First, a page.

Welcome back! Today, we are sharing more about ear infections and how they can cause hearing loss. Likewise, we are sharing all about eustachian tubes.

Eustachian tubes:

Most of us know eustachian tubes are somewhere in the ear. Well, that much you’ve guessed right. More specifically, eustachian tubes are a pair of narrow tubes that run from each middle ear to high in the back of the throat.

Eustachian tubes are located behind the nasal passages. The ends of the tube closest to the throat opens and closes to do three things:

  • regulate air pressure in the middle ear
  • drain normal secretions in the middle ear
  • refresh air in the ear

When the eustachian tubes become swollen, they can become blocked. This causes fluids to buildup in the middle ear. The fluid can become infected easily.

This is around the time the symptoms of an ear infection arise. As we have discussed in previous blogs, ear infection are more common in children due to their eustachian tubes’ positing.

They are more horizontal which make it harder for drainage to escape. Instead, the fluid lingers and clog the eustachian tubes. This unfortunate, temporary positioning can cause many ear infections for children.


There are two small pads of tissue located high in the back of the nose called adenoids. They are believed to play a role in our immune system activity. Because of the adenoid’s location, they may block the eustachian tubes when the adenoids become swollen.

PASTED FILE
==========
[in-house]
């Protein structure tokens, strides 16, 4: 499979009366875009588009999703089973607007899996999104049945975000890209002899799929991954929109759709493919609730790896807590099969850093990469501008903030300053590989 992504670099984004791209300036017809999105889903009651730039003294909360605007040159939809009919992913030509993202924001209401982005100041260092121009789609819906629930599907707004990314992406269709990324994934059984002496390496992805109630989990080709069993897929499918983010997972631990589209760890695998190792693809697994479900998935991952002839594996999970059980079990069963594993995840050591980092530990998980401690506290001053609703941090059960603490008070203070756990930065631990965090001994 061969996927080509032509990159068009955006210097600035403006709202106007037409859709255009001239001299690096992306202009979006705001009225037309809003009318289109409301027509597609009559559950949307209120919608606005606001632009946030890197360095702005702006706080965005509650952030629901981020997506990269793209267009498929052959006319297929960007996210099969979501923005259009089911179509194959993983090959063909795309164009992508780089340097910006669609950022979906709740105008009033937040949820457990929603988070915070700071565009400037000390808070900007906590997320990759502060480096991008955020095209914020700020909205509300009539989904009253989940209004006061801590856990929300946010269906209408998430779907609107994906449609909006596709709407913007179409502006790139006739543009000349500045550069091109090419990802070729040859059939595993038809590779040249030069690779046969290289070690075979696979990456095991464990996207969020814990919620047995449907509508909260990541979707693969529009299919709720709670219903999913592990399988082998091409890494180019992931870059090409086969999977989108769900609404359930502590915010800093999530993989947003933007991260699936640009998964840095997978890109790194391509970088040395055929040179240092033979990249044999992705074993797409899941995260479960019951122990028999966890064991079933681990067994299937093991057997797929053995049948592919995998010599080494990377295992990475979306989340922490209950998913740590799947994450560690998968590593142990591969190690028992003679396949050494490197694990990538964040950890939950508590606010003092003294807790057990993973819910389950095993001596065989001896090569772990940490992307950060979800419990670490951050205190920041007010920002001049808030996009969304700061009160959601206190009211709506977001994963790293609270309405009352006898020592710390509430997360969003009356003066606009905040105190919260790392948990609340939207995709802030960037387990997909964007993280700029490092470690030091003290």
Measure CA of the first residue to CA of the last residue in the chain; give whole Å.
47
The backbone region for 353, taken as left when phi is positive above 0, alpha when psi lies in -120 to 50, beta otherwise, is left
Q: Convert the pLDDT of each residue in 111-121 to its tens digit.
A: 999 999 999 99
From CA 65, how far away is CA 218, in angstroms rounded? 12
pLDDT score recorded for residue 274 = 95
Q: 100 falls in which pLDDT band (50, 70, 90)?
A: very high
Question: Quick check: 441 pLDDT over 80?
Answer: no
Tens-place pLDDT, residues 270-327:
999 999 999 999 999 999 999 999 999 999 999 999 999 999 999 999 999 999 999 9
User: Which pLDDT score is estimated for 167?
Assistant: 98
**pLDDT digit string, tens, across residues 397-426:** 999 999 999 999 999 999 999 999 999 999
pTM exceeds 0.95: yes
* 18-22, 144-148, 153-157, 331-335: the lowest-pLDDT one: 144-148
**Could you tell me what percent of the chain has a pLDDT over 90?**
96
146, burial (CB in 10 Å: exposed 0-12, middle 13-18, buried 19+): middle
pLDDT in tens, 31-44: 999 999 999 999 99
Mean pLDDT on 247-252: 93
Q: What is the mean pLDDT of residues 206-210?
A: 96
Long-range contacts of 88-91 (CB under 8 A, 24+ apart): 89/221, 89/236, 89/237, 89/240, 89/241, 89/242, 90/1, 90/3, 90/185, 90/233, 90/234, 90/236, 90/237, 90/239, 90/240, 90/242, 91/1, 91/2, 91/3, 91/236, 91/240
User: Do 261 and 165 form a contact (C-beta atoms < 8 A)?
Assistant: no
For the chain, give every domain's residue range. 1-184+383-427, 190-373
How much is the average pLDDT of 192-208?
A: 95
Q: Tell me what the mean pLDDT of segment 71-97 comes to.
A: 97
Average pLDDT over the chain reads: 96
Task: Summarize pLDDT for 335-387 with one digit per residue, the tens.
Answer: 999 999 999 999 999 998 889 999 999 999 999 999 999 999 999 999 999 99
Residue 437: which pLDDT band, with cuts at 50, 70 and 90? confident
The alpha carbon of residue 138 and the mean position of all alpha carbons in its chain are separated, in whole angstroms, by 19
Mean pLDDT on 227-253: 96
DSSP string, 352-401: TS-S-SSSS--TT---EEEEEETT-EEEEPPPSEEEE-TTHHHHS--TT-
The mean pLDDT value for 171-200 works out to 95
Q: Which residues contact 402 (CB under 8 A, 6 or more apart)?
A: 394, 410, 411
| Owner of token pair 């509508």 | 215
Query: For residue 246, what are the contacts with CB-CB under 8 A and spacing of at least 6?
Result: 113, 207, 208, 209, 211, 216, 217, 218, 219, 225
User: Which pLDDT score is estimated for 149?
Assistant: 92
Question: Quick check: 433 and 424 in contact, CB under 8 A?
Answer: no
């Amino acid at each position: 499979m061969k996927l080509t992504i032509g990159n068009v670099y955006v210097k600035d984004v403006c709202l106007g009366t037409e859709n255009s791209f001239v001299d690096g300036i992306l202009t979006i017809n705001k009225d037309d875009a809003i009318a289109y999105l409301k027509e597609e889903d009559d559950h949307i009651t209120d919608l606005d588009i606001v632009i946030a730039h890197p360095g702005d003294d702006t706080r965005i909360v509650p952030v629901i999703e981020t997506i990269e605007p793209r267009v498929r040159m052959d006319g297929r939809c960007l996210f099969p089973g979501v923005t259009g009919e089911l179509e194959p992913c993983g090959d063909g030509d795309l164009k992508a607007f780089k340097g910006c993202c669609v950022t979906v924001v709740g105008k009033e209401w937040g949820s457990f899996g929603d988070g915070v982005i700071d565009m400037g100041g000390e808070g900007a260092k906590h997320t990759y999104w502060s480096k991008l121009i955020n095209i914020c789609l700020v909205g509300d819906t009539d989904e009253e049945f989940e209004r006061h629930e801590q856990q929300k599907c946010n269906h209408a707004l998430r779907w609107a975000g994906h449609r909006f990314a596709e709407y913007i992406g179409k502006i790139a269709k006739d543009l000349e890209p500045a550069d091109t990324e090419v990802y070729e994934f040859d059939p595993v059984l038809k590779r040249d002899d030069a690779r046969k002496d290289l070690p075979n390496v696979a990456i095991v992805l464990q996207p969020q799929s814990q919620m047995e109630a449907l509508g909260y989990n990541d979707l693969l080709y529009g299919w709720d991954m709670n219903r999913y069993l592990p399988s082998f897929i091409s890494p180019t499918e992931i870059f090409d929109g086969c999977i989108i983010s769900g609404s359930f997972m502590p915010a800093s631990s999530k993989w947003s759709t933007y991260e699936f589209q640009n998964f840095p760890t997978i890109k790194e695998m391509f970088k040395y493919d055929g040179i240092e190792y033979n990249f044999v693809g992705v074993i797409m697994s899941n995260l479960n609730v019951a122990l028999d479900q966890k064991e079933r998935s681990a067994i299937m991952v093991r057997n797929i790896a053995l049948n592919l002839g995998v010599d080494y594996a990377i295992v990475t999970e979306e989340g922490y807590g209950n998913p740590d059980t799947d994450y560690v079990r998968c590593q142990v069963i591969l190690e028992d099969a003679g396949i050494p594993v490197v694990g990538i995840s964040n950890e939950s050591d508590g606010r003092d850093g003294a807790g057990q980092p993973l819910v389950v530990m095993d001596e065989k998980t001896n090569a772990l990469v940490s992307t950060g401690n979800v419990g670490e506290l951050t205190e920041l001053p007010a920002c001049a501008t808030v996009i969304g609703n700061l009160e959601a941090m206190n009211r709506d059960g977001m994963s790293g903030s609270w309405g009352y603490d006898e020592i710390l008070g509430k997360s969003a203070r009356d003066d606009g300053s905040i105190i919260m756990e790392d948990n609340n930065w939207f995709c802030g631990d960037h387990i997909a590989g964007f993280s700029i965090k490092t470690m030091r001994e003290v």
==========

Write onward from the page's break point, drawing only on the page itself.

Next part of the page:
When the adenoids become swollen and block the eustachian tubes, this can lead to a middle ear infection. Again, when this issue arises in children, they are more likely to have an ear infection. Children’s adenoids are larger than adults, so any swelling and irritation in the adenoids is more likely to play a role in ear infections in children.

Risk Factors:

There are risk factors which make individuals more likely to experience ear infections. As we have discussed time and time again, children are more likely to experience ear infections. Between the ages of six months old and two years, children are extremely more likely to get ear infections because of their ear anatomy.

Also, their immune systems are still maturing and developing. Children in child care groups are more susceptible to ear infections. Kids in daycare and watched in groups develop common colds more often, and along with colds come ear infection most often.

Infants that are bottle fed are more likely to have ear infections. This is due to the position of being bottle fed. Babies can lie down more flat than babies that are breast fed. This leads to liquid finding its way into the ear and the way the liquid travels down to their stomachs. Additionally, children who are breast fed have more antibodies in the breastmilk.

Next time you come back, we are going to begin focusing more on the risk factors of adults. We treat adults at our hearing center. Please do not hesitate to make a call to schedule your first appointment at Orlando ENT Hearing Center for a thorough examination and hearing testing.

Have a great Thanksgiving! We are grateful for our patients and future patients!

Staff Writer

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